Just about everybody — but especially Wall Street (aka Twitter’s worst enemy) — expected to see slow user growth and a downturn on Twitter’s revenue.

And yet, the unexpected happened. Twitter… had a good quarter?!

The highlight is the return of user growth. Twitter added 9 million monthly active users over the quarter. That’s 7 million more than expected. The site broke out its growth in the United States, emphasizing that it added 3 million users in its home country.

Even the bad news wasn’t that bad. For the first time since going public in 2013, Twitter’s quarterly revenue declined. Yes, that’s not good, but analysts (and myself) were expecting a really, really bad day for Twitter. We were expecting to be disappointed, per usual.

And yet, Twitter surprised.

Growth cont’d to be broad based: DAU growth accel’d in 7 of top 10 global mkts, w/ particular strength in US, where we also added 3M MAU seq

— TwitterIR (@TwitterIR) April 26, 2017

Twitter reported $548 million in revenue over the last three months compared to the $511.9 million that was expected by Wall Street. They beat expectations by more than $36 million.

Beyond financials and user growth, Twitter reported that it’s solving one of its major problems: abuse on the platform.

$TWTR: We’ve removed a lot of abusive accounts and “as a result, we’re seeing less abuse reported across the service.”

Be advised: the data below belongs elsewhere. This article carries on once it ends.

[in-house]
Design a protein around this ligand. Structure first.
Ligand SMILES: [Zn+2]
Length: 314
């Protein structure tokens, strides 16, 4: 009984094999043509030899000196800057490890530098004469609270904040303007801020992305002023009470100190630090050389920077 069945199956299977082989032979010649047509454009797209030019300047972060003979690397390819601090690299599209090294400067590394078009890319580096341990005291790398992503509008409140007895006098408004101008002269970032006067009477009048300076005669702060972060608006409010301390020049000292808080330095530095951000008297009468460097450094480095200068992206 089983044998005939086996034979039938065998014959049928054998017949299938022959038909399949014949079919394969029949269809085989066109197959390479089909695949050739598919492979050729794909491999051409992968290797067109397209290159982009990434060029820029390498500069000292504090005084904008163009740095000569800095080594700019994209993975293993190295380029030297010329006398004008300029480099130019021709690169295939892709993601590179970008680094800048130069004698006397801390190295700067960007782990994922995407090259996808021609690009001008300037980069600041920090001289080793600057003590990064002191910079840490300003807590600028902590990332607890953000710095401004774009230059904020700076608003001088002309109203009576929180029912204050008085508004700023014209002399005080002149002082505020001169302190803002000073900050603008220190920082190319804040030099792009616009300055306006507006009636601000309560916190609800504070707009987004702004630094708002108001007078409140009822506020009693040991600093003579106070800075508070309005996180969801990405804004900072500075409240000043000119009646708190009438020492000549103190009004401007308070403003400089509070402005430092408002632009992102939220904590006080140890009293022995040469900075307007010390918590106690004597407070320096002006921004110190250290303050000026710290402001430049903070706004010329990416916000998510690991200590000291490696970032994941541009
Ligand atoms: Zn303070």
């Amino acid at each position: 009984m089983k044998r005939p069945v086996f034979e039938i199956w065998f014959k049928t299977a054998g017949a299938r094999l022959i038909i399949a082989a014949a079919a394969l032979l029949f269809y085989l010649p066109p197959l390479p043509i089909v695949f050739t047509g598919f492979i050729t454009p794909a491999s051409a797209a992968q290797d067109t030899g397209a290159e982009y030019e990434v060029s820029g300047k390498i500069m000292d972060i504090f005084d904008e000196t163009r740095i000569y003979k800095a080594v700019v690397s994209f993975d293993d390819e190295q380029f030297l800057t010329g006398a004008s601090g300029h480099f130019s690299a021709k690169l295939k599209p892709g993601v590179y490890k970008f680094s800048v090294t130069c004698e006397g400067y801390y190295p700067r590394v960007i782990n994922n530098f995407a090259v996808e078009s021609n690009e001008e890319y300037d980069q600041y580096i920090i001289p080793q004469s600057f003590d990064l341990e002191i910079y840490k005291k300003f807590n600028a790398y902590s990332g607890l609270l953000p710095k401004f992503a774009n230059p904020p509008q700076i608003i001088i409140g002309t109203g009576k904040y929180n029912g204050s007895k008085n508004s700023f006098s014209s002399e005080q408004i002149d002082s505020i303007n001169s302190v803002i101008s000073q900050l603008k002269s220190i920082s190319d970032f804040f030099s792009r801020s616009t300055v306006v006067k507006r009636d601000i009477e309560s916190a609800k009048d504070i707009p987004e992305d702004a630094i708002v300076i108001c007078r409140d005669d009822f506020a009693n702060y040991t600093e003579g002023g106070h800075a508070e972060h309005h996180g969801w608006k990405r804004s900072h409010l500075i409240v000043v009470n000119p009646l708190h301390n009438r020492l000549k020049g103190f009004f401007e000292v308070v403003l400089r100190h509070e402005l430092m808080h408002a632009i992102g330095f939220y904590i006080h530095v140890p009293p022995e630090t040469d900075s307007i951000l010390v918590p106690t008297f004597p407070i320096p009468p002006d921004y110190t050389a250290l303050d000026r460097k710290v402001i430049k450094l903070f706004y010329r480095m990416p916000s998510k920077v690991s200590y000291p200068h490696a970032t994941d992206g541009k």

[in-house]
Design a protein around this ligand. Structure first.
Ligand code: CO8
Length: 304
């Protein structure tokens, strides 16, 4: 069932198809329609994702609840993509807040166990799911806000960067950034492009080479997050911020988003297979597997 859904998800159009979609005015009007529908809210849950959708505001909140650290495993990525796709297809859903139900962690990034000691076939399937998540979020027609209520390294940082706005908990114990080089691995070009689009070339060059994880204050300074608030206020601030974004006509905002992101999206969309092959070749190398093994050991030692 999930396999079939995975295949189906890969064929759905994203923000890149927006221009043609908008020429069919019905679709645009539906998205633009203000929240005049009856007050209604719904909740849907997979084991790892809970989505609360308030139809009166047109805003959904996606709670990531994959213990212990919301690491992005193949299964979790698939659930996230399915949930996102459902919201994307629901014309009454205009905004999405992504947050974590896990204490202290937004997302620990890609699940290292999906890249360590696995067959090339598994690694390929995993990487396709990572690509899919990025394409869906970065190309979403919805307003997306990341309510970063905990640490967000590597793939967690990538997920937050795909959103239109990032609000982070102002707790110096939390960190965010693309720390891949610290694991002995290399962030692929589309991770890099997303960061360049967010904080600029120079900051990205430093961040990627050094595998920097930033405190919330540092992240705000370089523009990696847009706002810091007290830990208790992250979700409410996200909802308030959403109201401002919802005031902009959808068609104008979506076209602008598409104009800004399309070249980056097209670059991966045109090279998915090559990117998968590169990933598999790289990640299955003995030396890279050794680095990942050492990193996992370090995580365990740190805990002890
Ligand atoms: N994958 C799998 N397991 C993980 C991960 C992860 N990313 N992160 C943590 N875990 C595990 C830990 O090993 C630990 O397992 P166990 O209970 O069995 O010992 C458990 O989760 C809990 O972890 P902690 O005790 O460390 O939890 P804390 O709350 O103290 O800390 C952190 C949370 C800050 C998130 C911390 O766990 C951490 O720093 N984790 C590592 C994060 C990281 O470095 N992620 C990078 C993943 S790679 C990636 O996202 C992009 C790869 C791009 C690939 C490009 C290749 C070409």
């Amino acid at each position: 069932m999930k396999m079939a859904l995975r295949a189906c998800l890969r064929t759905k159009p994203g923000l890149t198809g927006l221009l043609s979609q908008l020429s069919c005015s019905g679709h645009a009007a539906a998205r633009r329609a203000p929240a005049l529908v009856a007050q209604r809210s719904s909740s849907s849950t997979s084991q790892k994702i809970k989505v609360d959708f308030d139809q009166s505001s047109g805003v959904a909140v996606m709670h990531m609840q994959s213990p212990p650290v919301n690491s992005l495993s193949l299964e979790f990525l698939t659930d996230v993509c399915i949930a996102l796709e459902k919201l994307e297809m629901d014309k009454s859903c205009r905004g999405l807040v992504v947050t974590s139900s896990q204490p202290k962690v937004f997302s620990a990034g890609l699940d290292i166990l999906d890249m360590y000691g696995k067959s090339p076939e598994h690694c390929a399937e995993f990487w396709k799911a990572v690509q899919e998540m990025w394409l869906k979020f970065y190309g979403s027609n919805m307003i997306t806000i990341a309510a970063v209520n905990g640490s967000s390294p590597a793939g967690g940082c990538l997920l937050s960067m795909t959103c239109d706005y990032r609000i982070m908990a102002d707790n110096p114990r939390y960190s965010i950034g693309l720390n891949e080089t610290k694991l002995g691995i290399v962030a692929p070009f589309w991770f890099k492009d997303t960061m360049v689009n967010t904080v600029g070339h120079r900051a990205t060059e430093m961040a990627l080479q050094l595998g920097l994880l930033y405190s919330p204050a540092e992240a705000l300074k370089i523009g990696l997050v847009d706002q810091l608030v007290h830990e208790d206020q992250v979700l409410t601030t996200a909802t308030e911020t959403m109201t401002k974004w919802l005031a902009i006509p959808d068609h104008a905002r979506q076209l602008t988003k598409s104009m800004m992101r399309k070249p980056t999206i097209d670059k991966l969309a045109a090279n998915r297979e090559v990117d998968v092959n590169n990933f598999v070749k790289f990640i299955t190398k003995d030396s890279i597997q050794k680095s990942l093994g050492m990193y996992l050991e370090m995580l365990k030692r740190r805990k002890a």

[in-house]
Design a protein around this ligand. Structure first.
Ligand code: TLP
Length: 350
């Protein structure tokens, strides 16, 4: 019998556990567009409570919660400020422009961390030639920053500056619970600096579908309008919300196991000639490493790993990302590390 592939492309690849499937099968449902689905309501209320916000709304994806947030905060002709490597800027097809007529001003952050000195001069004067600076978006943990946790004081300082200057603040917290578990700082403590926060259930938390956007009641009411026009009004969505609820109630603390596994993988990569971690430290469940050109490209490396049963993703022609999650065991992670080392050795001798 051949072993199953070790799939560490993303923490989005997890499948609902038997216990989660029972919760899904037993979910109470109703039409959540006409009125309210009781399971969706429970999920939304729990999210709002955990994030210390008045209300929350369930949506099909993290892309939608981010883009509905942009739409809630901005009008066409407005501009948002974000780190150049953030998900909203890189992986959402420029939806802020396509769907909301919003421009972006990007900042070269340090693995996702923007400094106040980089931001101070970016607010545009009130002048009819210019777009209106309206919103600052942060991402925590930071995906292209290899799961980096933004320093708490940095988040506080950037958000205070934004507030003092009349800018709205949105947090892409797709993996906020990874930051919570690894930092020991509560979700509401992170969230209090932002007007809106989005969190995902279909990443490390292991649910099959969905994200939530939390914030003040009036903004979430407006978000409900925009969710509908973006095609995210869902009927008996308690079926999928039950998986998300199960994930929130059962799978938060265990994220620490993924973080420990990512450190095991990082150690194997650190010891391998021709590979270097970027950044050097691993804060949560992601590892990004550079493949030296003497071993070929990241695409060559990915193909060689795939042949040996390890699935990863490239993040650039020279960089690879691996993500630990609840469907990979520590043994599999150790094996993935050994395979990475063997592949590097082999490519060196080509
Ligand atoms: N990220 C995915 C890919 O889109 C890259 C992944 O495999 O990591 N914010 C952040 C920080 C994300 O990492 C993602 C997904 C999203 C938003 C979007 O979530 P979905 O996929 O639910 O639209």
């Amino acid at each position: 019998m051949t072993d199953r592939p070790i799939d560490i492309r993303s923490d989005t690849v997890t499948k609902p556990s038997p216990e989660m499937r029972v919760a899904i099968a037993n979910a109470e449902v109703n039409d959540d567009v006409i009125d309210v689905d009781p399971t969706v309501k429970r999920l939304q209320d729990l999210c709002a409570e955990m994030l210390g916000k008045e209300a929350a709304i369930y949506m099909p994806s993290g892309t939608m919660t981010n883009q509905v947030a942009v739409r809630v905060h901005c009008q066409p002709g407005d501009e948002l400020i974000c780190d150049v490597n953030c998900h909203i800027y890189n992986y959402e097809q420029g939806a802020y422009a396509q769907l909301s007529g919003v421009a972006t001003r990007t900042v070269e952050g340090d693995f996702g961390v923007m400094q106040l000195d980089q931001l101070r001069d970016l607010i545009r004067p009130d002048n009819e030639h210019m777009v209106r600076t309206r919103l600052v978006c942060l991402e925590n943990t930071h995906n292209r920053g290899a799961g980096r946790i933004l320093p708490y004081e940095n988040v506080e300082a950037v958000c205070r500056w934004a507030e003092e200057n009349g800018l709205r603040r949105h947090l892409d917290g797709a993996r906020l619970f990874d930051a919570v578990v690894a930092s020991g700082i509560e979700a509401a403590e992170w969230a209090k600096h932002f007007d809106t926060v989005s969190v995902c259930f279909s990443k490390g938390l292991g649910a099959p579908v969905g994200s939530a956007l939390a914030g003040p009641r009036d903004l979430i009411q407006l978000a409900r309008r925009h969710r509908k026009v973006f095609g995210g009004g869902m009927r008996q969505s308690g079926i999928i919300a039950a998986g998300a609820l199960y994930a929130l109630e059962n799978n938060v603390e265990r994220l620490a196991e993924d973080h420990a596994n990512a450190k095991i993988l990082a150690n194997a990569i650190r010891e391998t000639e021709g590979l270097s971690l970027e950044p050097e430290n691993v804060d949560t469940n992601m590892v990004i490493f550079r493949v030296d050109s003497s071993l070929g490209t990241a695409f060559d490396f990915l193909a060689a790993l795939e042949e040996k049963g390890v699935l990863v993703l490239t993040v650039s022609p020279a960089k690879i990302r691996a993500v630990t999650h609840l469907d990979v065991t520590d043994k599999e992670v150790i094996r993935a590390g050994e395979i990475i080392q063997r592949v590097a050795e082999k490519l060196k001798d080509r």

— Sarah Frier (@sarahfrier) April 26, 2017

According to Twitter, they are seeing “less abuse reported across the service.” That statistic comes even as Twitter increases the number of reporting tools and their effectiveness. Twitter CEO Jack Dorsey humbly admitted he’s far from done.

“There’s a lot more to do but we’re on the right path,” Dorsey told investors on a public earnings call Wednesday.

Wall Street is happy. Twitter’s stock, which has fallen to a pitiful price…

How Much Does Wall Street Give Back?

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A small fraction of Wall Street’s capital actually goes into business investment in the real economy

A growing number of voices forcefully argues that the relationship between “Wall Street” and the real economy is tilted in favor of the bankers. Big Think contributor Matt Taibbi sees parallels between the Russian Oligarchs and Wall Street today.

How Wall Street Is Like the Russian Oligarchy Matt Taibbi

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How Wall Street Is Like the Russian Oligarchy

Matt Taibbi

Journalist

01:28

So what economic rationale does Wall Street offer for such an extensive “financialization” of society?

They argue that the financial sector is the most efficient and unbiased allocator of resources to the broader economy. It supposedly does so by quickly and efficiently diverting money to worthy projects in the real world. These might include helping small, medium and large business start new ventures, raise money to invest, create well-paying jobs, and so forth.

Retry later